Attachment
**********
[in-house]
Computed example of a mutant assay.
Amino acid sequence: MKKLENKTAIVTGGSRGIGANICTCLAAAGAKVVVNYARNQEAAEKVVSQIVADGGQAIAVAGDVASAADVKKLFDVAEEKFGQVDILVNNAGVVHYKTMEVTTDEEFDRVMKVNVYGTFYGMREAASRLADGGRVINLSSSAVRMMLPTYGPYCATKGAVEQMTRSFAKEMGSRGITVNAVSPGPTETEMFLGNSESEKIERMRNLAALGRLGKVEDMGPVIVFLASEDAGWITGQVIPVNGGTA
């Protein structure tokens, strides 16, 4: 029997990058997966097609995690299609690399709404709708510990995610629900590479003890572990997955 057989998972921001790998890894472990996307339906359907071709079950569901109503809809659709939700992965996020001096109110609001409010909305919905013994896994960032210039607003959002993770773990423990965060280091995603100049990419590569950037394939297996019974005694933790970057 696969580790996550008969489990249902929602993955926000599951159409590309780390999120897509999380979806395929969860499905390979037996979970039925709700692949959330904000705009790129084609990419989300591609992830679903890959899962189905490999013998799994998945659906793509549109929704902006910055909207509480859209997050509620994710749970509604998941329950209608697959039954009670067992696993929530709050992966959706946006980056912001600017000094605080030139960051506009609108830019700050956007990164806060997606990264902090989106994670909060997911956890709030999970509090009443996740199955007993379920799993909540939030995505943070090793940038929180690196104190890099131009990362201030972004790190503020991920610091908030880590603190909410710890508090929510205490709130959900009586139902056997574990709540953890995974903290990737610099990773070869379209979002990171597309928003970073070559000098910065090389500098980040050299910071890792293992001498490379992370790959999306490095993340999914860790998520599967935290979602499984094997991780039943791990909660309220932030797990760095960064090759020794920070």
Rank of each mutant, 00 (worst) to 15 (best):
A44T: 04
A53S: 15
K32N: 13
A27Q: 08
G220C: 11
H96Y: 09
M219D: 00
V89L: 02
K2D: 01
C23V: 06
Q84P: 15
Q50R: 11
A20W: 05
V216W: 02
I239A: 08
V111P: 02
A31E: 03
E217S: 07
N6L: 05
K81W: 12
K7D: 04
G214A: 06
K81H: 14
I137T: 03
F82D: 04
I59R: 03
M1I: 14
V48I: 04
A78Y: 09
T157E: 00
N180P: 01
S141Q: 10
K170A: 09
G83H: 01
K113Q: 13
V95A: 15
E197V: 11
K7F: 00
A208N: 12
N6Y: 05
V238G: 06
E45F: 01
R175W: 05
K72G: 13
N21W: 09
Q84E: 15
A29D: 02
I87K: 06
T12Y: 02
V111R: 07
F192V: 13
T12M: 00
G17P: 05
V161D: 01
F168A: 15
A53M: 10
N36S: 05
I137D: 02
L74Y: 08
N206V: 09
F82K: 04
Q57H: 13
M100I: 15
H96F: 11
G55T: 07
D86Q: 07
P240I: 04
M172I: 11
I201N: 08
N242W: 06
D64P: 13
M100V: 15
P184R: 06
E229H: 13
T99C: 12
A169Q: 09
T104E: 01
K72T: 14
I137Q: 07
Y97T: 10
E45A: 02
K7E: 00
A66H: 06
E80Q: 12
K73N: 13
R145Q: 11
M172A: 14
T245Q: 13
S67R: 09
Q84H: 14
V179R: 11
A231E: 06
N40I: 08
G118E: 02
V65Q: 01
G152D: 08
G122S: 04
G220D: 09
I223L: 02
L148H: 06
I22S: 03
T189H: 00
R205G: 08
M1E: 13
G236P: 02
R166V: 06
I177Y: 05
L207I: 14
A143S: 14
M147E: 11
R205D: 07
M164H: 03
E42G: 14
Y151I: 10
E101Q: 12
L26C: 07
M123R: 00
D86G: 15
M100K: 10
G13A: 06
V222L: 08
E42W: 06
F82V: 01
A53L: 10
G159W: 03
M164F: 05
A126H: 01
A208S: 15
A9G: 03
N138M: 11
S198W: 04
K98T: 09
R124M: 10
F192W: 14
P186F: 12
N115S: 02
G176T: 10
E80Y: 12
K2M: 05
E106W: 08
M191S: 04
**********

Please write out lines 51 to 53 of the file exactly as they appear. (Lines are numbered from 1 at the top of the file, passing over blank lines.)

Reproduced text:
Q84E: 15
A29D: 02
I87K: 06